Spain's midfielder Andres Iniesta controls the ball during the FIFA 2014 World Cup friendly football match Spain vs Italy at the Vicente Calderon stadium in Madrid on March 5, 2014. AFP PHOTO / JAVIER SORIANO (Photo credit should read JAVIER SORIANO/AFP/Getty Images)
AFP/Getty ImagesJAVIER SORIANO
It is best to focus on the past half-decade. The systemic underachievement of the past isn't forgotten, but the past few years -- from the Euro 2008 onward -- represent a golden age among the very best in the history of the game. The march through South Africa and the triumph over the Netherlands in the final in 2010 applied a gloss primed to endure for years to come.
Getty ImagesJasper Juinen
La Furia, a team that has already done something that has never been done before, is now trying to do another thing that has never been done before. They have won three major tournaments consecutively – Euro 2008, the 2010 World Cup, and Euro 2012 – which nobody else has ever done. (Strikingly, they had only won one title in the past, Euro 1964.) Now they look to win a fourth in a row. If they manage, their dynasty will have been more dominant than anybody else’s ever before. Only Brazil’s run of three World Cup titles in four editions from 1958 through 1970 will come close. And the frightening thing is: Spain’s conveyor belt of talent keeps humming along, spitting out seemingly better young prospects year after year. Spain are not yet done.
Getty ImagesPablo Blazquez Dominguez
How they got here
The holders proceeded through Group I with few worries despite the awkward presence of France in the five-team pot. Four points against the French -- including the vital away win at the Stade de France – ensured the top spot with three points to spare.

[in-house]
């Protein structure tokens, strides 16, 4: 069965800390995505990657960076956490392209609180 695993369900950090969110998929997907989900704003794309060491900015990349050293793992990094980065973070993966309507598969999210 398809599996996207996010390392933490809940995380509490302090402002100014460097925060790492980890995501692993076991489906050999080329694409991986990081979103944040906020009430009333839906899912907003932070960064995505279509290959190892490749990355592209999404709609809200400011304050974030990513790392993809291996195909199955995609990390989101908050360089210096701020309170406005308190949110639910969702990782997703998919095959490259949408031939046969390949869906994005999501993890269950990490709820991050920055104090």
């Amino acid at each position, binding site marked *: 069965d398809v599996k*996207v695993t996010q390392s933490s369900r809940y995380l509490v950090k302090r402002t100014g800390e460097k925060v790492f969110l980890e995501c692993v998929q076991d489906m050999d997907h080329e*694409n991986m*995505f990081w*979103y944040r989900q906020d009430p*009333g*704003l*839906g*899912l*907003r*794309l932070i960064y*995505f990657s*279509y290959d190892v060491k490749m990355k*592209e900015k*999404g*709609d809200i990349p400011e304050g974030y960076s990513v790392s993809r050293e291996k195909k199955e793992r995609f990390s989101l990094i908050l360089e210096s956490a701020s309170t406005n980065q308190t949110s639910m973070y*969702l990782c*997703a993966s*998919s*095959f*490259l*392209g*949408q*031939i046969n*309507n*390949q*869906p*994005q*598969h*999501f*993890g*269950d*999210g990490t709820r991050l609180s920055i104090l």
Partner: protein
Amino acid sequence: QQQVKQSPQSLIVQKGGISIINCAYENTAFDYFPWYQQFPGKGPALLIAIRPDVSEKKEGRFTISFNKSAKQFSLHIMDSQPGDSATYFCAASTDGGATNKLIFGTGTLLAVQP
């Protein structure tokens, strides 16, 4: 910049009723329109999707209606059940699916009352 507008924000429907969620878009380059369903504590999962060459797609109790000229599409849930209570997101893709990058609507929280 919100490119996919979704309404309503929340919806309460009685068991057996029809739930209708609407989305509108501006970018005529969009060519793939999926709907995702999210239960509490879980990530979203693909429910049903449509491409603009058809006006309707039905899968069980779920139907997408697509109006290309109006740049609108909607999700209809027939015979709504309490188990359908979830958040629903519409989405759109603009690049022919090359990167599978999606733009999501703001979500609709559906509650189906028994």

Getty ImagesScott Heavey
Difficult. The Spanish couldn’t possibly have been happy when they saw the Netherlands, whom they vanquished in the last World Cup final, and Chile, one of the world’s more underappreciated sides, modeled after Spain’s own style, put into their Group B. That Australia were tossed in at the end doesn’t make it any easier of a group.
Getty ImagesJohn Berry
Round of 16 prospects
Manageable. Group A, which will produce Group B’s opponents in the next round, contains hosts and fellow favorites Brazil, as well as Mexico, Croatia and Cameroon. Spain will want to avoid an early showdown with Brazil. But any other matchup should make for routine passage into the quarterfinals.
Getty ImagesGonzalo Arroyo Moreno
Spain will enter the fray as one of the favorites. Their ability to join Brazil (1958 and 1962) and Italy (1934 and 1938) as history’s only consecutive winners hinges on whether they can find a way to outwit the athletic and robust approach of their fellow contenders. The trademark sharpness in possession must endure with lingering and potentially fatal questions in defense, creating vulnerabilities when the opposition counters. Whether this group -- perhaps just on the other side of its best with Iniesta and Xavi not quite at their peaks any longer -- can muster that panache again remains uncertain. A place in the last four represents a reasonable expectation for a team still among the best in the world. And so, of course, does another World Cup trophy.